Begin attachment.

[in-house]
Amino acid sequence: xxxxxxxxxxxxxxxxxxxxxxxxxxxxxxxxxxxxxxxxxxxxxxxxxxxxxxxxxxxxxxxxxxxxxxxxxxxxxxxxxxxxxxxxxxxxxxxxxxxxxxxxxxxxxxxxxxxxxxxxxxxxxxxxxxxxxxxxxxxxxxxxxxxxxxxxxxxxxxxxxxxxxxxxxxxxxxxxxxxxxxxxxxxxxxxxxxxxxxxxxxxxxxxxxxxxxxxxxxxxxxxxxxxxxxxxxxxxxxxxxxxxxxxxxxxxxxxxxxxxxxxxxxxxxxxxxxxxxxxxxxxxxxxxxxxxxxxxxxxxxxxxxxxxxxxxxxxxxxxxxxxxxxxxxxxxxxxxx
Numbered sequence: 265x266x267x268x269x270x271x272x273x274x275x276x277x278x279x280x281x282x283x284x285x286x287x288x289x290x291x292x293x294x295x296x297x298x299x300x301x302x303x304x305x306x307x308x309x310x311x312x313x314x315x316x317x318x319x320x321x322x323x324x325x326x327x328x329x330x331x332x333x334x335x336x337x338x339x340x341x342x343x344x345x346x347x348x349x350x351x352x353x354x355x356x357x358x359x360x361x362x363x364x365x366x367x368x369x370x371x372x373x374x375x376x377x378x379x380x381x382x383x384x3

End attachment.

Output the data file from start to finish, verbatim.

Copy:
[in-house]
Amino acid sequence: xxxxxxxxxxxxxxxxxxxxxxxxxxxxxxxxxxxxxxxxxxxxxxxxxxxxxxxxxxxxxxxxxxxxxxxxxxxxxxxxxxxxxxxxxxxxxxxxxxxxxxxxxxxxxxxxxxxxxxxxxxxxxxxxxxxxxxxxxxxxxxxxxxxxxxxxxxxxxxxxxxxxxxxxxxxxxxxxxxxxxxxxxxxxxxxxxxxxxxxxxxxxxxxxxxxxxxxxxxxxxxxxxxxxxxxxxxxxxxxxxxxxxxxxxxxxxxxxxxxxxxxxxxxxxxxxxxxxxxxxxxxxxxxxxxxxxxxxxxxxxxxxxxxxxxxxxxxxxxxxxxxxxxxxxxxxxxxxx
Numbered sequence: 265x266x267x268x269x270x271x272x273x274x275x276x277x278x279x280x281x282x283x284x285x286x287x288x289x290x291x292x293x294x295x296x297x298x299x300x301x302x303x304x305x306x307x308x309x310x311x312x313x314x315x316x317x318x319x320x321x322x323x324x325x326x327x328x329x330x331x332x333x334x335x336x337x338x339x340x341x342x343x344x345x346x347x348x349x350x351x352x353x354x355x356x357x358x359x360x361x362x363x364x365x366x367x368x369x370x371x372x373x374x375x376x377x378x379x380x381x382x383x384x3